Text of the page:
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There is an argument in the world of photography that you don’t need to have the best gear to take beautiful photos. There is truth in that as a simple scroll through Instagram reveals gorgeous images taken with just a smartphone. However, there are shortcomings with phone cameras that can be solved with more advanced picture-taking devices.
A DSLR was the dream camera of anyone who wanted to get better at photography. It was a step up from using compact cameras or even camera phones. Brands such as Canon and Nikon enjoyed years of dominance in the SLR market; both competed to release cameras with new features to enhance to photography experience.
Things started to change with the introduction of the mirrorless camera. Here was a device that’s smaller and lighter but can take equally stunning photos. It served as an alternative to the big and bulky DSLR, but it also came with a catch: cheaper options didn’t have an optical viewfinder. Meaning, you had to compose images using the rear screen, just like you would on a compact camera or a smartphone.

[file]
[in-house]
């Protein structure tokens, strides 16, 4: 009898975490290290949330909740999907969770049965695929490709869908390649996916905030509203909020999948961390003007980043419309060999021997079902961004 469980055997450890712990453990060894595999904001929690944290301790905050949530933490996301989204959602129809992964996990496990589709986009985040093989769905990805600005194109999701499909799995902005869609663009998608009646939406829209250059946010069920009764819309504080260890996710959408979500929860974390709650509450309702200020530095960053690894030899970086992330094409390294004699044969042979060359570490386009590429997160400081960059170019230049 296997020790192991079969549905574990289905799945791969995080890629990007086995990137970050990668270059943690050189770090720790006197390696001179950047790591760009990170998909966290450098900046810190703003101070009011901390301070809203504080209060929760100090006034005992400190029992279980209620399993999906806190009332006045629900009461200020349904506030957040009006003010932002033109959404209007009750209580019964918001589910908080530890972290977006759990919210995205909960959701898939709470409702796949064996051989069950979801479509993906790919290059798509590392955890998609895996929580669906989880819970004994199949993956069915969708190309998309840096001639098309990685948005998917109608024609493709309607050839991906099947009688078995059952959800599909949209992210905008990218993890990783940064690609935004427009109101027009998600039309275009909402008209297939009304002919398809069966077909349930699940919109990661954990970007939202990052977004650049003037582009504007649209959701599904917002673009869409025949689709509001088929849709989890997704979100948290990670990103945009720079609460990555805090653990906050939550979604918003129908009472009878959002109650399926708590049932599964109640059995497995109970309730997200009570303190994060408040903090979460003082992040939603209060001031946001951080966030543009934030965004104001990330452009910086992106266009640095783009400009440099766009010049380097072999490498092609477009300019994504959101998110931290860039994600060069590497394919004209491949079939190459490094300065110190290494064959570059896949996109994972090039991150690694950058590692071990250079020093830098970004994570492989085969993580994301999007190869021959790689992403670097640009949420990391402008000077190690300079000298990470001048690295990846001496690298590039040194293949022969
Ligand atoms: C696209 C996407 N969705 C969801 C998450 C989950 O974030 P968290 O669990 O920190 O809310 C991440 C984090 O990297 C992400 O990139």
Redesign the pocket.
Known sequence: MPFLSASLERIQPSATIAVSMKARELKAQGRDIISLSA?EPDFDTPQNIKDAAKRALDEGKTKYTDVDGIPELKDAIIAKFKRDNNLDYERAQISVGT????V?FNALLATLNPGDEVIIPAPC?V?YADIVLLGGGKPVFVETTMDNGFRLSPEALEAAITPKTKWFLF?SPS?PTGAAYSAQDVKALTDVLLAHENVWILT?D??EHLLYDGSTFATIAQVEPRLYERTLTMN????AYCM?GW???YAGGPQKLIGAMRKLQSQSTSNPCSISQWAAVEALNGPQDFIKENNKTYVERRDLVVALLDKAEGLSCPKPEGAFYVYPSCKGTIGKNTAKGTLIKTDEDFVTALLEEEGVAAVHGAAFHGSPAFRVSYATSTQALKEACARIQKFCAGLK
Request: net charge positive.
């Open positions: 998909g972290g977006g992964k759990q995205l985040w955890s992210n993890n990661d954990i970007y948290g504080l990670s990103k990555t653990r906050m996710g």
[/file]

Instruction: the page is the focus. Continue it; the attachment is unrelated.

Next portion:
The arrival of mirrorless shooters didn’t cause the downfall of DSLRs – not yet. A lot of photographers still feel strongly about the absence of an optical viewfinder as well as the Micro Four Thirds (MFT) system, which allows for smaller lenses thus smaller cameras.
Since DSLRs dominated the market for years, users will find a wide range of lens choices compared to that of mirrorless varieties. However, the latter is slowly progressing in that department, partly in thanks to the MFT system created by Olympus and Panasonic which has more than 50 lens options available.
Mirrorless cameras will only get better as time progresses. But the one advantage they have over DSLRs s is 4K video – a number of models already have it while DSLR makers have been slow to adopt it.